Filed under: Hybrid , Crossover , Toyota , First Drives Midsize crossovers like the Toyota Highlander tend to play a thankless role in the life of today’s modern family. That’s really too bad. With the ability to hold several hyperactive kids and tons of cargo while keeping everyone safe and comfortable in all kinds of climate conditions day in and day out, they’re true heroes in the lives of hundreds of thousands of families across the country. Yet their car-apathetic owners often immediately forget about them as soon as their work is done. And nearly all midsize crossovers are thoroughly ignored by enthusiasts whose eyes begin to glaze over at first mention of the phrase “third row.” Toyota is looking to soften the blow somewhat by giving its midsize crossover, the Highlander, a big redesign for the 2014 model year. With a bold new look, updated suspension and a refreshed interior focused on comfort and convenience, Toyota aims to make the Highlander sportier to drive and more striking in appearance, because, as the marketing team explains, “families are going places and they want to get there in style.” So has the Highlander finally ditched the dull and become something truly desirable to own without sacrificing its heroic nature? I headed to Carmel, CA for some seat time along the gorgeous Pacific Coast Highway to find out. Continue reading 2014 Toyota Highlander 2014 Toyota Highlander originally appeared on Autoblog on Tue, 17 Dec 2013 11:57:00 EST. Please see our terms for use of feeds . Permalink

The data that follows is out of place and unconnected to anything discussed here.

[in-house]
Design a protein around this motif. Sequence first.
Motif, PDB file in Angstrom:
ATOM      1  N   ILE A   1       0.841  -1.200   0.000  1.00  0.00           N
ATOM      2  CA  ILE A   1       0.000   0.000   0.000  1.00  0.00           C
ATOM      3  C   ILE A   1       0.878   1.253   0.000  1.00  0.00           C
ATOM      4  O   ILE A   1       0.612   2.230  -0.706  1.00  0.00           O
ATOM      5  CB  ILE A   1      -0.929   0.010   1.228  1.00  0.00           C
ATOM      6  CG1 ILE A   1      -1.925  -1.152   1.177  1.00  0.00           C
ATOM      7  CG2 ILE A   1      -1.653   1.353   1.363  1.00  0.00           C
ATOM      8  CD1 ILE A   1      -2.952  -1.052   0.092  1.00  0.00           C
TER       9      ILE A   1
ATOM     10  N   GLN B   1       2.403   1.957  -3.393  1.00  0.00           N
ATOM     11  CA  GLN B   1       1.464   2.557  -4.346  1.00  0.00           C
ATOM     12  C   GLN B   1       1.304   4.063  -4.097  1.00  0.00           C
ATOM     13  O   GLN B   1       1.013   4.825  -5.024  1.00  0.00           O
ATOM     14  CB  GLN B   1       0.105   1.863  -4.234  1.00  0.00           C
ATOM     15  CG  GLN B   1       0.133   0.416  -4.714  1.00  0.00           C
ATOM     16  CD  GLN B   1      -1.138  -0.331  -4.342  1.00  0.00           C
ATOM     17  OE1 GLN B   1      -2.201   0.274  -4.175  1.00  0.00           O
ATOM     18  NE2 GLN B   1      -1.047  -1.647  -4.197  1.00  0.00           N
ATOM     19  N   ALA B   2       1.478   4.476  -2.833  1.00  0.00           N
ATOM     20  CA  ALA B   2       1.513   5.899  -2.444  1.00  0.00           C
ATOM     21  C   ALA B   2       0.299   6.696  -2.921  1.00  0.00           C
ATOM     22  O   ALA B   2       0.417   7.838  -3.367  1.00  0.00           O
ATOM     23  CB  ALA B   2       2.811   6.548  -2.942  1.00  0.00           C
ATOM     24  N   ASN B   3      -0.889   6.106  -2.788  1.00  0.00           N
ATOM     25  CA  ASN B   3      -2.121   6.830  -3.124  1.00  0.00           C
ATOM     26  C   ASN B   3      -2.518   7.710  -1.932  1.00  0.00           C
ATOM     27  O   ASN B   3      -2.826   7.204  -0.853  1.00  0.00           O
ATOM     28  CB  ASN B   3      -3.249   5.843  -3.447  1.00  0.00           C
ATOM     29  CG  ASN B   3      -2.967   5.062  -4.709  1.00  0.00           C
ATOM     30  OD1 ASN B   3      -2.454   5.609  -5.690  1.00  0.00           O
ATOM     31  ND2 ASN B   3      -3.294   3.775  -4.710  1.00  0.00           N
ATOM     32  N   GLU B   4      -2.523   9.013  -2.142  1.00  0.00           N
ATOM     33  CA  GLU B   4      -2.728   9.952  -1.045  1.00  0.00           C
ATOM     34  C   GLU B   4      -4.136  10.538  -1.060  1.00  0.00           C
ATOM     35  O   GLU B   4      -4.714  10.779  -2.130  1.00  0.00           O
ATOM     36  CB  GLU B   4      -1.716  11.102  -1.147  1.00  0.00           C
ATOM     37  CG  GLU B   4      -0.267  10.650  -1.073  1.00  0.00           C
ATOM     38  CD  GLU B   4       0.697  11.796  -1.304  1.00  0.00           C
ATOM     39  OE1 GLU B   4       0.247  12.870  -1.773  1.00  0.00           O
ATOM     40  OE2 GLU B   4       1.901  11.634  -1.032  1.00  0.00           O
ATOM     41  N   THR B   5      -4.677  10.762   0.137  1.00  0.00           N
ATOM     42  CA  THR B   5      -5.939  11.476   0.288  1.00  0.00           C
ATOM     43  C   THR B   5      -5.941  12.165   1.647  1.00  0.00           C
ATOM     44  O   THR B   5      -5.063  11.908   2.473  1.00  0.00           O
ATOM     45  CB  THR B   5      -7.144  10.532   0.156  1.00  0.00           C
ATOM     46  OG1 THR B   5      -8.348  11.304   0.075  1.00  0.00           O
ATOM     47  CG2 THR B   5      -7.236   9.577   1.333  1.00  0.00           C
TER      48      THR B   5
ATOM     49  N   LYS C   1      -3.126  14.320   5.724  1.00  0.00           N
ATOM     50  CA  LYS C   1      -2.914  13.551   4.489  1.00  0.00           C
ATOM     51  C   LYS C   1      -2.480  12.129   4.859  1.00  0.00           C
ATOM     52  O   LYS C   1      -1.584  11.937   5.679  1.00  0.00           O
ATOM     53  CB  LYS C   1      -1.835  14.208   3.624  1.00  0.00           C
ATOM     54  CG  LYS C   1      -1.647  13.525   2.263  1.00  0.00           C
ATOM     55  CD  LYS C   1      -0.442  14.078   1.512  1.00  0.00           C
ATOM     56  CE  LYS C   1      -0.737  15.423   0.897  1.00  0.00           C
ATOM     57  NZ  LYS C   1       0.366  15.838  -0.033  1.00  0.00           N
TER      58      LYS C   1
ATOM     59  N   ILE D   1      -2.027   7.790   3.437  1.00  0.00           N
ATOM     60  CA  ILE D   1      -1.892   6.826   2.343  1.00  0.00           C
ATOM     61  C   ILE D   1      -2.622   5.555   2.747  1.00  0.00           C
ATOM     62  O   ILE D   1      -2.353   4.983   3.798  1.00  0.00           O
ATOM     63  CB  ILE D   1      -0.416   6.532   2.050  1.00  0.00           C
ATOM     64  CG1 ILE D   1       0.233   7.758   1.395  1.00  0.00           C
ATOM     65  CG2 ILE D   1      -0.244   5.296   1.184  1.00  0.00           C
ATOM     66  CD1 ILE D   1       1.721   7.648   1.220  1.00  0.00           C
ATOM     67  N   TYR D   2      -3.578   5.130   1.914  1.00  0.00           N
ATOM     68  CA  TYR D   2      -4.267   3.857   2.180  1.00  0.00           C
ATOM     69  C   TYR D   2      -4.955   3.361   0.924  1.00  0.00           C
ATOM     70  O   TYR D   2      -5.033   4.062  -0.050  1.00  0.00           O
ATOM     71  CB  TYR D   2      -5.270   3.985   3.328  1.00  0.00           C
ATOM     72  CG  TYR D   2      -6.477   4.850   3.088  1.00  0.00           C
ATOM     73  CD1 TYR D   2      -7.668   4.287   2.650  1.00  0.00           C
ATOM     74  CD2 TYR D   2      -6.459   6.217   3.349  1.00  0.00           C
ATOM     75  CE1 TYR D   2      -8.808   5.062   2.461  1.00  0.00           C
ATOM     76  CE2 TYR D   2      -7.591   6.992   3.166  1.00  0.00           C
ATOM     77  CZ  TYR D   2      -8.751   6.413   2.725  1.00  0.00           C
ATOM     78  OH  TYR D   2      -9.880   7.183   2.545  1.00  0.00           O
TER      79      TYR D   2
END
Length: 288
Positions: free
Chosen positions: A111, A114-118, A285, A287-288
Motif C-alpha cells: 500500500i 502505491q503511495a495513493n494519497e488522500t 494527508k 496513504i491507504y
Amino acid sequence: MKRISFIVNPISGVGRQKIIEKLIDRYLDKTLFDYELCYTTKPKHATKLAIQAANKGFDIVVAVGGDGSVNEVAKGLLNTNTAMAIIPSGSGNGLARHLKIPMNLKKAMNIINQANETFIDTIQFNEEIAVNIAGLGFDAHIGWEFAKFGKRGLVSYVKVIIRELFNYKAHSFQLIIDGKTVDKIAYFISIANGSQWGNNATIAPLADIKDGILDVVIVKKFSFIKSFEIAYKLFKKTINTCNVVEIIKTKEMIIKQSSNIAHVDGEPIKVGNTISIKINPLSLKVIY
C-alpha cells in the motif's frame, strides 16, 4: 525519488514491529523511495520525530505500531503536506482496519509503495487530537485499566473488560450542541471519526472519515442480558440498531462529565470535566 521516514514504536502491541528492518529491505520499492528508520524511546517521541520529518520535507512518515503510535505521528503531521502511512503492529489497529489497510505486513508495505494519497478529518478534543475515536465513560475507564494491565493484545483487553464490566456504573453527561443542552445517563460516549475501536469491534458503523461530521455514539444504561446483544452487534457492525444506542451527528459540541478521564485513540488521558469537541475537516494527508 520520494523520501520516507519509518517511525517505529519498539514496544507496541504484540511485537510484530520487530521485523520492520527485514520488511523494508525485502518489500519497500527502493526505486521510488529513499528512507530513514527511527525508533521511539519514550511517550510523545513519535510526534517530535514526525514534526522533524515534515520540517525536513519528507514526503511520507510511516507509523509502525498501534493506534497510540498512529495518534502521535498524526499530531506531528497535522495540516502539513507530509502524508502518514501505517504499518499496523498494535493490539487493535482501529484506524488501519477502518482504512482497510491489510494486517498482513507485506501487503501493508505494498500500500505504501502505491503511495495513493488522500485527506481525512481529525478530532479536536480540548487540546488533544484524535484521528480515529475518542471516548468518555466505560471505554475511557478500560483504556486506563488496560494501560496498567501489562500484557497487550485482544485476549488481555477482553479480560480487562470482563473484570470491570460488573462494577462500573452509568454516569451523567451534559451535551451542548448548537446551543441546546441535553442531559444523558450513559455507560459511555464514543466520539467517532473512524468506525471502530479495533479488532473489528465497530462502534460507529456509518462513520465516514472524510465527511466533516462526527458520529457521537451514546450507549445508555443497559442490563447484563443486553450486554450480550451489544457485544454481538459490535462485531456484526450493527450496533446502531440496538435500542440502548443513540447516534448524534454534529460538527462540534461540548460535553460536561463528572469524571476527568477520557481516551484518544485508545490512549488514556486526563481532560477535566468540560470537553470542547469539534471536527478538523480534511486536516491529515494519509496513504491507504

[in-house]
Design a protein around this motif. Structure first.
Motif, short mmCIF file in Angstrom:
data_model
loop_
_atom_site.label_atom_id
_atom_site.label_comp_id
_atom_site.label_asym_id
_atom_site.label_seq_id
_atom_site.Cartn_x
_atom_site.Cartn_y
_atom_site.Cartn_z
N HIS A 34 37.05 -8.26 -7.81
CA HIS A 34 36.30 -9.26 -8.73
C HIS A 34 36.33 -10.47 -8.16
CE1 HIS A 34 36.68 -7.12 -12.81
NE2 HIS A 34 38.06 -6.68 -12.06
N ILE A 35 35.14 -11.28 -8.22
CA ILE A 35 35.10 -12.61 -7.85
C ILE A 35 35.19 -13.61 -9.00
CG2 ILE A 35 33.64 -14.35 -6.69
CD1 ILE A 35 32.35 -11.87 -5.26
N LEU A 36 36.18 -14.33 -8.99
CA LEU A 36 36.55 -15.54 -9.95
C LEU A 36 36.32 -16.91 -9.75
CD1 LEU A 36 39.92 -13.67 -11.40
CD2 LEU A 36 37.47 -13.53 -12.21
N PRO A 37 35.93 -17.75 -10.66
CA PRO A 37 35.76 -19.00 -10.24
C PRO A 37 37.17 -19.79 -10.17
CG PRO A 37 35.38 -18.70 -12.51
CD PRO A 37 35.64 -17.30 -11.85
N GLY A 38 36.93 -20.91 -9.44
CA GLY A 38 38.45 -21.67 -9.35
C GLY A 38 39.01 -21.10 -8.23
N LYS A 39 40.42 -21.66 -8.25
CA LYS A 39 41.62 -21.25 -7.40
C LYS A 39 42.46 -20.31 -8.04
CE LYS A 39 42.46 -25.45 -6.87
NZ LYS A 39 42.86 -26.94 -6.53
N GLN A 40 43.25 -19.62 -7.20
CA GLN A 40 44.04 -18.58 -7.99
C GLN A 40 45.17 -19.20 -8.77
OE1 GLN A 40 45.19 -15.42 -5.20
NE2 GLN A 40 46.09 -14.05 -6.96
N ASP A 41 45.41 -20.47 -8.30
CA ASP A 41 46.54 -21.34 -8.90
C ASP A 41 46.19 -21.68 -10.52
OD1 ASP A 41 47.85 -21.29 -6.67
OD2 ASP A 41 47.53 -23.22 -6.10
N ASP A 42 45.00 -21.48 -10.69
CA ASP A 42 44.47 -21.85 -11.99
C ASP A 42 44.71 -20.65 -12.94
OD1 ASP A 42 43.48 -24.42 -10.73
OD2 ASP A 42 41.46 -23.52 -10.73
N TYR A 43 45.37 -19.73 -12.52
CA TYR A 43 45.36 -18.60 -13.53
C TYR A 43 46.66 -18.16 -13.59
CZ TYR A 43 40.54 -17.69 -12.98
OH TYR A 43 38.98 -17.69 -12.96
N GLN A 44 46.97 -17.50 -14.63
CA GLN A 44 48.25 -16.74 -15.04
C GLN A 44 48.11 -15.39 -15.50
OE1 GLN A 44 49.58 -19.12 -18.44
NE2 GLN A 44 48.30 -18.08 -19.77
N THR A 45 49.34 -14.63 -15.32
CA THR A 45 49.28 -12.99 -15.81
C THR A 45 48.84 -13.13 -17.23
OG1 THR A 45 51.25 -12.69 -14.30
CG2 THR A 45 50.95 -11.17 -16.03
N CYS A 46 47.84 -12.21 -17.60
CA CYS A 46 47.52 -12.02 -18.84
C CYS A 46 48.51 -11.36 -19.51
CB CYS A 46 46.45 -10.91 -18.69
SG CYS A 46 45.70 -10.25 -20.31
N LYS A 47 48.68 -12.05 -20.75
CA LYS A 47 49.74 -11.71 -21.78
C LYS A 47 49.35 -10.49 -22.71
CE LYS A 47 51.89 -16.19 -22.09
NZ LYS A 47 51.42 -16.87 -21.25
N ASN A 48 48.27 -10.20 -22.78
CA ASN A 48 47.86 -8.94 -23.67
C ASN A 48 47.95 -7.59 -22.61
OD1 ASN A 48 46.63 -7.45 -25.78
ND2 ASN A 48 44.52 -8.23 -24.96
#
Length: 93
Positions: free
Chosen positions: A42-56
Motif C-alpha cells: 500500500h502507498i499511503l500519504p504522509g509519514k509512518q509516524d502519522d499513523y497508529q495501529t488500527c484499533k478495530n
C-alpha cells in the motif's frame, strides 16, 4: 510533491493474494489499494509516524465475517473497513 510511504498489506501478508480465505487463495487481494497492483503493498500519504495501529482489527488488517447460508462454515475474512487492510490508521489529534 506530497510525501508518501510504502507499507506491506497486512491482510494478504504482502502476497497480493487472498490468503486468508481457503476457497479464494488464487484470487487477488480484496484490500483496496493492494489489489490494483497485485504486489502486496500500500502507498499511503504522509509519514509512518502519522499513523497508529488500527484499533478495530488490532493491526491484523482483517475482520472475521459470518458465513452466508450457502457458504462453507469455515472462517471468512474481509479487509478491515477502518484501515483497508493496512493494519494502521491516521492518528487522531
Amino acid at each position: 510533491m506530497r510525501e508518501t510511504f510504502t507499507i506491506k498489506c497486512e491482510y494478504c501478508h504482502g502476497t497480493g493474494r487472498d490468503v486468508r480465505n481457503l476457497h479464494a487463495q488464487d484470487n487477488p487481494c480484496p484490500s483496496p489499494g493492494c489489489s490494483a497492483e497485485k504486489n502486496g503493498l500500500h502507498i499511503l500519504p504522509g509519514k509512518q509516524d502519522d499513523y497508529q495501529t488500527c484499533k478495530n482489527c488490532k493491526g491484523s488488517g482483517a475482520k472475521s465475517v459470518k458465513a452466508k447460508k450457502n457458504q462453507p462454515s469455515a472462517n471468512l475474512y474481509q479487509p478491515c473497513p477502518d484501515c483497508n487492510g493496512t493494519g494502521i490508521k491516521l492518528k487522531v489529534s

Filed under: Hybrid , Toyota , Quick Spins We don’t often come into contact with the Toyota Crown Hybrid , especially in colors other than pink . But when Toyota offered us the keys and a half-hour window to test out the Japanese version of the Lexus GS on US soil not long ago, we had to accept. Driving Notes: We’ll start with the start. The Crown Hybrid makes the friendliest, Japanese-iest sound when you turn it on. It’s like a high-fructose THX movie is starting. Considering this is a premium car, we were surprised the first time we turned it on, but then had to do it again and again. Purely for journalistic video-capturing reasons, of course, so you can watch and hear it below . We wish we had better-than-cellphone microphones to capture it. Compared to the Lexus GS 300h , which we drove immediately afterword along with the exact same route, it is clear the Crown is an executive’s car. The seats and suspension somehow made us feel privileged, not a feeling we’re used to in most hybrid cars.